US hails G20 consensus on respecting nations' territorial sovereignty

British Prime Minister Rishi Sunak chats with U.S President Joe Biden during a session of the G20 summit in New Delhi, India, Sept 9, 2023. [AFP]

U.S. Secretary of State Antony Blinken on Sunday hailed a consensus declaration reached at a summit of 20 of the world's largest economies that called for respecting sovereign states’ territorial integrity.

The declaration at the now-concluded event denounced the use of force to seize territory but stopped short of condemning Russia for its war on Ukraine. Russia invaded the neighboring country in February 2022.

In an interview on CNN’s “State of the Union” program, Blinken said the statement by the G20 nations “strongly affirms the proposition that this is about Ukraine’s territorial integrity and sovereignty.”

Despite the diminished tone toward Russian aggression compared to last year’s G20 talks, Blinken told CNN that there was consensus among the participants that “not only do they want to see this war end, but they want to see it end on just and durable terms.”
Blinken said the leaders made it clear that “the consequences of Russia’s aggression are being felt throughout the G20 countries and throughout the developing world.”

However, Turkish President Recep Tayyip Erdogan, during a press conference at the closing of the G20 summit in New Delhi, India, said excluding Russia from any talks on resuming a Black Sea grain deal would not be sustainable. The grain deal allowed Ukrainian grain to be exported via the Black Sea. Russia exited the deal in July.

Russia, Ukraine and Turkey are going to continue to discuss the grain deal “in order to support the global food security, food supply security,” Erdogan said.

When asked by VOA’s Ukrainian Service if Russia would increase its demands on Ukraine if Kyiv conceded to some of Moscow’s terms to revive the deal, Erdogan cited Moscow’s claim that the West has not kept to its promises on the deal brokered by the U.N. and Ankara.

Ukraine and its Western allies have dismissed the Kremlin’s demands as a ploy to advance its own interests.

Erdogan expressed agreement with Russian President Vladimir Putin’s bid to send grain free of charge to African countries through Turkey and Qatar.

“When I had talks with Mr. Lavrov here, I reiterated that we should not limit this amount to one million (tons) and look for ways to increase it,” said Erdogan, referring to Russian Foreign Minister Sergey Lavrov.

A key Russian demand to revive the grain deal has been the reconnection of the Russian Agricultural Bank, Rosselkhozbank, to the SWIFT international payments system. It was cut off by the European Union in June 2022 after Russia's invasion of Ukraine that year.

The Russian Agricultural Bank subsidiary in Luxembourg could immediately apply to SWIFT to "effectively enable access" for the bank to the international payments system within 30 days, the United Nations told Russia in a letter, seen by the Reuters news agency on Friday.

On Saturday, Kremlin spokesman Dmitry Peskov said Russia needed its state agricultural bank -- and not a subsidiary of the bank, as proposed by the United Nations -- to be reconnected to the international SWIFT bank payments system.

"All our conditions are perfectly well known. They do not need interpretation, they are absolutely concrete and all this is absolutely achievable," Peskov told Reuters. "Therefore, Russia maintains its responsible, clear and consistent position, which has been repeatedly voiced by the president."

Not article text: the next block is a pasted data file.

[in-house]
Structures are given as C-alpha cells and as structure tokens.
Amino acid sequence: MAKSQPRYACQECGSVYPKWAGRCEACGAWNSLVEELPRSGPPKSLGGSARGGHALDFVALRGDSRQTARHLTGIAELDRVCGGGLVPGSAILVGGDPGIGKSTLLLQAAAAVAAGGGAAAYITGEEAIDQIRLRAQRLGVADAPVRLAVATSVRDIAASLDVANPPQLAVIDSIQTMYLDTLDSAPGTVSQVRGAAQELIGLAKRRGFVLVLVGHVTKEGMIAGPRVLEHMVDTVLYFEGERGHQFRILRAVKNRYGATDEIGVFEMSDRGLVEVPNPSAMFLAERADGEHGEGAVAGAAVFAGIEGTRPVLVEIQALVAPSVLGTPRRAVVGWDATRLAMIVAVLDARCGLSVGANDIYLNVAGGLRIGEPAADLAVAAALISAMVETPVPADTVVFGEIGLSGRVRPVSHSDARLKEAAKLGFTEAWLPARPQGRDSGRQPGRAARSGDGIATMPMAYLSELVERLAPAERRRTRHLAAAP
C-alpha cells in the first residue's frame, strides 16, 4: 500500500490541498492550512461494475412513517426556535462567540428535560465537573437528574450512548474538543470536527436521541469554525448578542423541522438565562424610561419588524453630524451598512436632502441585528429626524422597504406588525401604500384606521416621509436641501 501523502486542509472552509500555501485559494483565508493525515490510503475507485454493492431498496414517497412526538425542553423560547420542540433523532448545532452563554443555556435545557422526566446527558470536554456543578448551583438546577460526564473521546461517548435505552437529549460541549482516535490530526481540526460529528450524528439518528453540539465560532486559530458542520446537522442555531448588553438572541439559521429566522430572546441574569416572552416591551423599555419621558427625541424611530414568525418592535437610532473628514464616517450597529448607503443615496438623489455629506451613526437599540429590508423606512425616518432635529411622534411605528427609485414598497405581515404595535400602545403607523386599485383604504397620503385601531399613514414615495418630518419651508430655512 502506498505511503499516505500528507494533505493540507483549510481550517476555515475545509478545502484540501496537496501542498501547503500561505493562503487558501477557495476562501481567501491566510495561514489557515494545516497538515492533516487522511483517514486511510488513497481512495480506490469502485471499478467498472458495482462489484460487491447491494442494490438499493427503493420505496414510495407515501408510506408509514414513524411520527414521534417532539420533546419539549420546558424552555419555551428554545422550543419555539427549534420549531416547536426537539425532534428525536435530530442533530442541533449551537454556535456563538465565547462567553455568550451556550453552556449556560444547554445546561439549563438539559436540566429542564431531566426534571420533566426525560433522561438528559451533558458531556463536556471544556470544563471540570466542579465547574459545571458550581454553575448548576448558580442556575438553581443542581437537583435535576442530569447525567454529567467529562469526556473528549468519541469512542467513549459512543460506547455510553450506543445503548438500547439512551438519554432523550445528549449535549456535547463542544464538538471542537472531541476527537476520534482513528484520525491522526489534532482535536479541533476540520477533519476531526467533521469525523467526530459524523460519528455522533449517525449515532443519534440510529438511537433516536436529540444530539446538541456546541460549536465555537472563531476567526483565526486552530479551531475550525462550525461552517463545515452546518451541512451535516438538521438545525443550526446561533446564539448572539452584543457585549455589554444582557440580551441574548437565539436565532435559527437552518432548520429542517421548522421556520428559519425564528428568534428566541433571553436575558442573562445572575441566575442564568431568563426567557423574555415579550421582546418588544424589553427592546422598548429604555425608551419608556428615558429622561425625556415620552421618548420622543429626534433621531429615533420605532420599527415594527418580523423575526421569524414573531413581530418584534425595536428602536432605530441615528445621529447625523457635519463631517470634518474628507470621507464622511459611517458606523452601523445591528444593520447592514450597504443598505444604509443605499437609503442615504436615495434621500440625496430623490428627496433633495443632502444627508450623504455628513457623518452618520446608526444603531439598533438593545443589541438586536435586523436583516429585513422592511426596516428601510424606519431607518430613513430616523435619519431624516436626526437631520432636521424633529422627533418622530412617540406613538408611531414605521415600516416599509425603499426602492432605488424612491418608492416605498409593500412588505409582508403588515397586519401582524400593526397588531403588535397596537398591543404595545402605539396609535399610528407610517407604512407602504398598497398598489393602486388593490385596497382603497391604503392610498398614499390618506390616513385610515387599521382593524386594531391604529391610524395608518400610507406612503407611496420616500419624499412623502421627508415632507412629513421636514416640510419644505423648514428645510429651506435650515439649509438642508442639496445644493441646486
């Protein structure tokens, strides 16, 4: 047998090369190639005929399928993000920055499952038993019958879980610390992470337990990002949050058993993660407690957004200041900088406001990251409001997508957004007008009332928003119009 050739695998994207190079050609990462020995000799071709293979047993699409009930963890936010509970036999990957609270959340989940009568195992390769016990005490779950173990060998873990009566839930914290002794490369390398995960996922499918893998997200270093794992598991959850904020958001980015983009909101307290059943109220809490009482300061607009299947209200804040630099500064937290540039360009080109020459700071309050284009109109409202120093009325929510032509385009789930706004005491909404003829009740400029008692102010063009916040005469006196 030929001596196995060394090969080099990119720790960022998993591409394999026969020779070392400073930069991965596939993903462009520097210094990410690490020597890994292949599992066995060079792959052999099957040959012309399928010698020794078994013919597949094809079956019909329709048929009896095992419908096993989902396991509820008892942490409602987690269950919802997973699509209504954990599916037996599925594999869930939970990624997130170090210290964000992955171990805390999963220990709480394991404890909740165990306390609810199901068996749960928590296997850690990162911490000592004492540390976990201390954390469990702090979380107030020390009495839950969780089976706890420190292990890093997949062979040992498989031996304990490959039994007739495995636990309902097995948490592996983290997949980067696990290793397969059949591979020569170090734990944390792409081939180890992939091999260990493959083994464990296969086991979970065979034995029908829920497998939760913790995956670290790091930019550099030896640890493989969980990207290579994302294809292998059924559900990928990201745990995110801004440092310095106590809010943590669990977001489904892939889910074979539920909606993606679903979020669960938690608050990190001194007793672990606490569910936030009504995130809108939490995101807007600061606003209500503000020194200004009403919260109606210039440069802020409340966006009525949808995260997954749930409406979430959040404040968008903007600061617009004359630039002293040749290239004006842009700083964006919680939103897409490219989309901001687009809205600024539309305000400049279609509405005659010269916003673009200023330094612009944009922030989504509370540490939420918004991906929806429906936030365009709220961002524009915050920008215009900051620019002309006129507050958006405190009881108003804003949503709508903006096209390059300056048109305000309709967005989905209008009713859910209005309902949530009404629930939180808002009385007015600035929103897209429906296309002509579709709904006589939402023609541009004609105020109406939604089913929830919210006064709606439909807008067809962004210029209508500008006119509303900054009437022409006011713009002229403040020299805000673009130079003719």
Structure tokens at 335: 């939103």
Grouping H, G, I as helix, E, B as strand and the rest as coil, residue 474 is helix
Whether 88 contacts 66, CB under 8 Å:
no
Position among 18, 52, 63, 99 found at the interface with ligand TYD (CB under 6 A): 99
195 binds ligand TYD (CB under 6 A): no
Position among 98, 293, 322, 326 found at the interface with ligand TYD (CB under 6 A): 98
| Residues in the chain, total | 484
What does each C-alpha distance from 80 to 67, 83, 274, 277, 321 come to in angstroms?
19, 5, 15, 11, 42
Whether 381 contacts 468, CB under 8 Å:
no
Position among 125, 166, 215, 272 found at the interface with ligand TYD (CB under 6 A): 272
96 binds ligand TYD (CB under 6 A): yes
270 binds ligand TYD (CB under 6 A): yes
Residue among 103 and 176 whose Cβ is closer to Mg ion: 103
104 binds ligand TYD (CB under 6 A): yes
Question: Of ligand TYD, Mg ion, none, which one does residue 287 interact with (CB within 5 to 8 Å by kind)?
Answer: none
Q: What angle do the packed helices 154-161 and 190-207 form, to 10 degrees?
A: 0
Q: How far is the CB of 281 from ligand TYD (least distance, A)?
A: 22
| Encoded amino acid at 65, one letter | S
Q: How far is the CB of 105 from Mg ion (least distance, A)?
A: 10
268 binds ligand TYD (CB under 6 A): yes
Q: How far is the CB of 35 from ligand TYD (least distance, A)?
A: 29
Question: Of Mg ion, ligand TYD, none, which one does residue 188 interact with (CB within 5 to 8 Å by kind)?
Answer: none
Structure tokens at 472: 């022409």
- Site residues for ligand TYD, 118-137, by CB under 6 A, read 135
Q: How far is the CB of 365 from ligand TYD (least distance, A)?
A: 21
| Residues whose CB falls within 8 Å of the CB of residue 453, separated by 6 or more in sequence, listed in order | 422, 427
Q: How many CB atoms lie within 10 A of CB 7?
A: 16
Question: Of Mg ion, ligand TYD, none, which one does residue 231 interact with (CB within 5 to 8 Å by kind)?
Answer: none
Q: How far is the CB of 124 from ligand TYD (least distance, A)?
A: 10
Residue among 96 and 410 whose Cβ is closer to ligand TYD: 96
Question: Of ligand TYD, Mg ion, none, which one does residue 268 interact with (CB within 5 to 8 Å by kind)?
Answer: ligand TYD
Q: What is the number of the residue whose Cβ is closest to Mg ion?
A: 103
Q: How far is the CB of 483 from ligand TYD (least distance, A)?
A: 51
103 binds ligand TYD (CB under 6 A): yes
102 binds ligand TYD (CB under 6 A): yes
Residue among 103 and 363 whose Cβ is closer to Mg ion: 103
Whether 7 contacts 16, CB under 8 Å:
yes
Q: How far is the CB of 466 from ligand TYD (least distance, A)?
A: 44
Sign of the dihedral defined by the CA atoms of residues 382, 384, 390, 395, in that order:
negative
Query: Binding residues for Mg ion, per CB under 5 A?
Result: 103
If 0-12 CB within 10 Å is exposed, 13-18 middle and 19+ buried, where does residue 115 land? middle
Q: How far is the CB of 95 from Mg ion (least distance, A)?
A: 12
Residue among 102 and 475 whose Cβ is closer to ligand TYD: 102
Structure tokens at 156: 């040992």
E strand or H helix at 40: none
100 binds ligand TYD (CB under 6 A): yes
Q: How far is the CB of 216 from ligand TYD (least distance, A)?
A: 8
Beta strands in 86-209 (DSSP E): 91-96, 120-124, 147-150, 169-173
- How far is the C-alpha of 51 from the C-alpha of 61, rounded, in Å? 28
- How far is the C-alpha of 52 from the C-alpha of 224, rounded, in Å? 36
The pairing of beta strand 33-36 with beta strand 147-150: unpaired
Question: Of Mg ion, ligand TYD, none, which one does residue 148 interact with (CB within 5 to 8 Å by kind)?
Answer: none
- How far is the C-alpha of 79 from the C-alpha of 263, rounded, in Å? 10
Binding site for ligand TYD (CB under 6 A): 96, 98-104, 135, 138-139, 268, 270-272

Russia’s exit from the deal in July came a year after it was brokered to combat a global food crisis the U.N. said was worsened by Russia's invasion of Ukraine. Ukraine and Russia are both leading grain exporters.

Russia-held territories voting

Russian authorities on Sunday reported multiple attempts to sabotage voting in local elections taking place in occupied areas of Ukraine.

Kyiv and the West have denounced the balloting, calling it a sham and a violation of international law.

Voting ended earlier than scheduled in Russia-occupied Donetsk due to security concerns.

Russian electoral officials say forces loyal to Kyiv had previously killed pro-Moscow officials, blown up bridges and helped the Ukrainian military by identifying key targets.

Earlier, a drone strike destroyed one polling station in the Zaporizhzhia region, Nikolai Bulaev, the deputy chairman of Russia’s Central Election Commission, told reporters. He said there were no casualties as the staff was not present at the time.

Ella Pamfilova, who heads Russia's Central Election Commission, called the incident “a terrorist act" while speaking to reporters that same day. She alleged that a Western-supplied drone was used but gave no evidence.

In the neighboring Kherson region, a Russia-appointed official said that a live grenade was discovered on Saturday near a polling station. Maria Zakharova said the grenade was hidden in bushes outside the station, and that voting had to be halted while emergency services disposed of it.

Russian drone attacks

Russia launched about three dozen drones over Kyiv, Ukraine's capital, early Sunday. The early morning attack lasted about two hours, with debris falling over the city.
Meanwhile, the British defense ministry said Sunday Russia’s Pskov oblast, near the Estonian border, has organized “volunteer security patrols” to bring a stop to drone attacks against Kresty Air Base in Pskov.

The ministry said due to the limited range of quadcopter drones, the attacks on Kresty were almost certainly launched from Russia. The volunteer patrols will “likely” serve as a deterrence, according to the ministry.

The use of volunteers indicates that it is “highly likely” that there is a shortage of trained security personnel within Russia,” the ministry said.

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